Book explains how Clinton ‘won’ in 2008

Hillary Clinton, June 1, 2008 | Justin Sullivan/Getty Images Thumbnail image from Penn State Live, Aug. 12, 2009 A new book has just come out: Almost Madam President: Why Hillary Clinton “Won” in 2008, by Nichola D. Gutgold, a professor at Penn State University, Lehigh Valley, who researches the communication skills that women need in ...

582095_090817_HillaryforPresident2.jpg
582095_090817_HillaryforPresident2.jpg

A new book has just come out: Almost Madam President: Why Hillary Clinton "Won" in 2008, by Nichola D. Gutgold, a professor at Penn State University, Lehigh Valley, who researches the communication skills that women need in order to achieve success in fields dominated by men.

According to a PSU news release, Gutgold argues that "Hillary Clinton gained more than she lost in her bid for the presidency." The book examines Clinton's communication skills and the media coverage she received during the 2008 primaries, including stump speeches, debates, and memorable media moments. Gutgold says in the news release:

Hillary Clinton, June 1, 2008 | Justin Sullivan/Getty Images

Hillary Clinton, June 1, 2008 | Justin Sullivan/Getty Images

Thumbnail image from Penn State Live, Aug. 12, 2009

Thumbnail image from Penn State Live, Aug. 12, 2009
A new book has just come out: Almost Madam President: Why Hillary Clinton “Won” in 2008, by Nichola D. Gutgold, a professor at Penn State University, Lehigh Valley, who researches the communication skills that women need in order to achieve success in fields dominated by men.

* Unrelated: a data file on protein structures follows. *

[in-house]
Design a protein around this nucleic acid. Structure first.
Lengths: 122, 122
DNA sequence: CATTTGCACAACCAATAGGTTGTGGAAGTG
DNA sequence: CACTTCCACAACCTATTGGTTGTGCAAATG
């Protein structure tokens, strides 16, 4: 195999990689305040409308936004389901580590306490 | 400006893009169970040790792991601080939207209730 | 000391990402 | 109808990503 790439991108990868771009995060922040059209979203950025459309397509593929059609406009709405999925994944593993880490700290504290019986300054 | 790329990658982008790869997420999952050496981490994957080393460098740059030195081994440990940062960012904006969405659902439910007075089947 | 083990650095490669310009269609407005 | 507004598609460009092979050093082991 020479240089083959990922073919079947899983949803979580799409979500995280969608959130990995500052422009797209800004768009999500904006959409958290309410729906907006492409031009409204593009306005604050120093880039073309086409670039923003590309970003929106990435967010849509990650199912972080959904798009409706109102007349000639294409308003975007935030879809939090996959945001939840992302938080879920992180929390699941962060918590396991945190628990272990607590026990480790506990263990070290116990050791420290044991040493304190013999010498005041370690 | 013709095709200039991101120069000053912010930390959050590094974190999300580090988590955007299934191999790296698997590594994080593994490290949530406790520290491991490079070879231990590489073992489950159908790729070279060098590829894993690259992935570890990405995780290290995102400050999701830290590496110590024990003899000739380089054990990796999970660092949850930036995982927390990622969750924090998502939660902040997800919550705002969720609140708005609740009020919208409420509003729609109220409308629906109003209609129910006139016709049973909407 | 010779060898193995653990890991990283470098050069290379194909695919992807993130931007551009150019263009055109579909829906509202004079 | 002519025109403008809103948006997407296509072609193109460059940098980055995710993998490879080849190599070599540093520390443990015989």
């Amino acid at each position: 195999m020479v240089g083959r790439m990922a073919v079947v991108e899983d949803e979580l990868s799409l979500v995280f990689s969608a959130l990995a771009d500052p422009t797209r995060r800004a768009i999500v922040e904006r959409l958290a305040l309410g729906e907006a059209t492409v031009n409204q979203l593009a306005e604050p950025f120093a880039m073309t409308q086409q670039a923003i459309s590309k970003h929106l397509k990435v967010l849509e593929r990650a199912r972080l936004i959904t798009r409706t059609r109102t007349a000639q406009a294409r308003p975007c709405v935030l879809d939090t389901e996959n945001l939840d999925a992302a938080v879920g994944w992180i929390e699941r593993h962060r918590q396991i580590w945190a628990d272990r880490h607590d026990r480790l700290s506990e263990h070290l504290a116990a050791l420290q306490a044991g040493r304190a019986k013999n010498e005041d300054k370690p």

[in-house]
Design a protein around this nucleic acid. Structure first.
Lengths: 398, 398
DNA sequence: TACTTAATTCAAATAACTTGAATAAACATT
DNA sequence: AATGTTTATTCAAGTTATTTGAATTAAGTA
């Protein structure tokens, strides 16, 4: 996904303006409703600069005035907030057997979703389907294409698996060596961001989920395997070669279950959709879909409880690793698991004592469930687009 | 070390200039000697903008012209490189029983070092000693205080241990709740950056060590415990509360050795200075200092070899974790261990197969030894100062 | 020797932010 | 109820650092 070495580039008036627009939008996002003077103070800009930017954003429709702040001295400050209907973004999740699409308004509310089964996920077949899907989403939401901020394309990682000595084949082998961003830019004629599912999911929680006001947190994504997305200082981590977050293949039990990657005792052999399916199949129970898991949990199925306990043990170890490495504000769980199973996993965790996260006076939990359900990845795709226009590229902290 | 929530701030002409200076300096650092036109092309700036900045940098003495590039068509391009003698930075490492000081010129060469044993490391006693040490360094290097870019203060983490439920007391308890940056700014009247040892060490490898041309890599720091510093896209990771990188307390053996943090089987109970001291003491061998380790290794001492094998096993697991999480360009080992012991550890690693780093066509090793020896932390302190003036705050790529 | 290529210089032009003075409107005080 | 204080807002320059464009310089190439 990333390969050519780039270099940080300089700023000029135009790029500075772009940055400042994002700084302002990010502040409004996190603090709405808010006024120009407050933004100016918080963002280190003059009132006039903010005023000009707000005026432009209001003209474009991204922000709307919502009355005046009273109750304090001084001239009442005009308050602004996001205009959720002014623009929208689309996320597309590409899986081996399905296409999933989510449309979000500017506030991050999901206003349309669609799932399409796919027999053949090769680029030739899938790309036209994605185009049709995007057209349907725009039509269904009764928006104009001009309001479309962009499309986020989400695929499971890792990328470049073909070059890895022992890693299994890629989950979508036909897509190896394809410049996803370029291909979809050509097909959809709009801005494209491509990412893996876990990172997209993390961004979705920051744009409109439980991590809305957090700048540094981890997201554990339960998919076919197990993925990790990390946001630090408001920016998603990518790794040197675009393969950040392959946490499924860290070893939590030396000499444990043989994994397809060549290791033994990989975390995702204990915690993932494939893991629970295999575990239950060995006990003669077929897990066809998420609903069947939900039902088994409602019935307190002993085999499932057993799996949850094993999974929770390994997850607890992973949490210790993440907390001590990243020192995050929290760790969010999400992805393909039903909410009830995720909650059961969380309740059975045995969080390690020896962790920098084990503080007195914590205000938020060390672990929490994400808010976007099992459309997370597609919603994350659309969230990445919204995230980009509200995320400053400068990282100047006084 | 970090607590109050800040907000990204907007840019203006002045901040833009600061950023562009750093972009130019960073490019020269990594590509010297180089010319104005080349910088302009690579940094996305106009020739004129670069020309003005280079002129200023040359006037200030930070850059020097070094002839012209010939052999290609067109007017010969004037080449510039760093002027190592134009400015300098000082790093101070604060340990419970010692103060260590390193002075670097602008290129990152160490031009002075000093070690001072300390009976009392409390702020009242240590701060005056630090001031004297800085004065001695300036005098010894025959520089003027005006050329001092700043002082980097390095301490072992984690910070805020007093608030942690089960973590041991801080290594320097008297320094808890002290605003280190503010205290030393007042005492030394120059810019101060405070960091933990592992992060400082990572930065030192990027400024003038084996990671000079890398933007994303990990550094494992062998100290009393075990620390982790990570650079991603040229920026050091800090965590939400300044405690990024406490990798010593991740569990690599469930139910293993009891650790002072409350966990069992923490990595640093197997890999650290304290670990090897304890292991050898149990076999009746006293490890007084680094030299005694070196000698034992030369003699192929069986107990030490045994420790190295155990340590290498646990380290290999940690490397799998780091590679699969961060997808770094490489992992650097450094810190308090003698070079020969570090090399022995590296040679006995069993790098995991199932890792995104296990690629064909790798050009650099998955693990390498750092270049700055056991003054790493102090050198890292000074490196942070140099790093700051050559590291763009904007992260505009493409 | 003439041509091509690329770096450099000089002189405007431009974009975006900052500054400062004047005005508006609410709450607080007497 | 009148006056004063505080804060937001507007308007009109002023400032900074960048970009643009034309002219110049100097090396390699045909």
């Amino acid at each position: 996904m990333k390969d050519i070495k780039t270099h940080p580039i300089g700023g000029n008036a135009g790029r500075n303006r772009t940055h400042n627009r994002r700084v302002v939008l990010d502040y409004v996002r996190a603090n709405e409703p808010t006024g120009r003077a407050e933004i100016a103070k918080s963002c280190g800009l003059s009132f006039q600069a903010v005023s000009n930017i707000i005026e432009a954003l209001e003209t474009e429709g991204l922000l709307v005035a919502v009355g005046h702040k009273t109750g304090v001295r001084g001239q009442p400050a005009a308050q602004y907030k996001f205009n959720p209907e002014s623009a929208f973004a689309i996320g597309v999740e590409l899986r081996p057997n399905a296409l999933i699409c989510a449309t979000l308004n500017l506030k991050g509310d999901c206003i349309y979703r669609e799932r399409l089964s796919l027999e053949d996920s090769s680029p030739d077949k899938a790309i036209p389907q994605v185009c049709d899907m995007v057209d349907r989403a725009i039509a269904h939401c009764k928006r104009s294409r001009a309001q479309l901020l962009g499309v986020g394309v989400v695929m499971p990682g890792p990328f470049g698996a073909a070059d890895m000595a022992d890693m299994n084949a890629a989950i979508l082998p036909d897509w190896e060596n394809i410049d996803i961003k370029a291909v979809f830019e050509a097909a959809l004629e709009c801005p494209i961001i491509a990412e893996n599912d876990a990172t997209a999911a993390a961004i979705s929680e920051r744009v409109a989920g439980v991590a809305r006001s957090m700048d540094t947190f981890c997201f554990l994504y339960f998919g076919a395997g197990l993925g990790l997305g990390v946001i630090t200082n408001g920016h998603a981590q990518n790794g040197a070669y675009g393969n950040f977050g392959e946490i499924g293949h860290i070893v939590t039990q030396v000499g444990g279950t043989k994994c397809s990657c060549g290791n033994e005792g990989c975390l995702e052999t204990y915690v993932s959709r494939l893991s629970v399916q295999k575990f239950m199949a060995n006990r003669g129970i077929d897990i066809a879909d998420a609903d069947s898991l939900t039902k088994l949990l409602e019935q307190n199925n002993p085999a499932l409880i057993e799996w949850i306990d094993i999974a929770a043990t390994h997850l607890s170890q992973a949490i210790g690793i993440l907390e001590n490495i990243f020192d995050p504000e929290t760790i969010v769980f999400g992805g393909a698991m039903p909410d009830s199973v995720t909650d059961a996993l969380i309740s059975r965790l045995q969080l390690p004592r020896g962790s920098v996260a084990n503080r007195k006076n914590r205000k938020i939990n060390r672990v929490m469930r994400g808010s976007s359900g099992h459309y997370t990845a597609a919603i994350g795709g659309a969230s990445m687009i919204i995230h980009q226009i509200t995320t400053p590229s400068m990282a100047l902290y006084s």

According to a PSU news release, Gutgold argues that “Hillary Clinton gained more than she lost in her bid for the presidency.” The book examines Clinton’s communication skills and the media coverage she received during the 2008 primaries, including stump speeches, debates, and memorable media moments. Gutgold says in the news release:

“All around the world women are presidents and prime ministers, yet in America, we have yet to elect the first woman president. … Hillary Clinton won almost 18 million votes, and was the first front-runner woman candidate. I wanted this book to be a rhetorical journey through the 2008 primary and analyze the role communication played in how close Clinton came to being the Democratic nominee.”

Journalist Helen Thomas says of the book:

This book offers a marvelous thesis, that Hillary Clinton’s loss of the presidency is still a win for all women daring to go where they haven’t been before.”

I haven’t read the book, but it sounds like a positive angle on a campaign defeat that left many Clinton supporters deflated.

Photos, top to bottom: Justin Sullivan/Getty Images, thumbnail image from Penn State Live

Preeti Aroon was copy chief at Foreign Policy from 2009 to 2016 and was an FP assistant editor from 2007 to 2009. Twitter: @pjaroonFP

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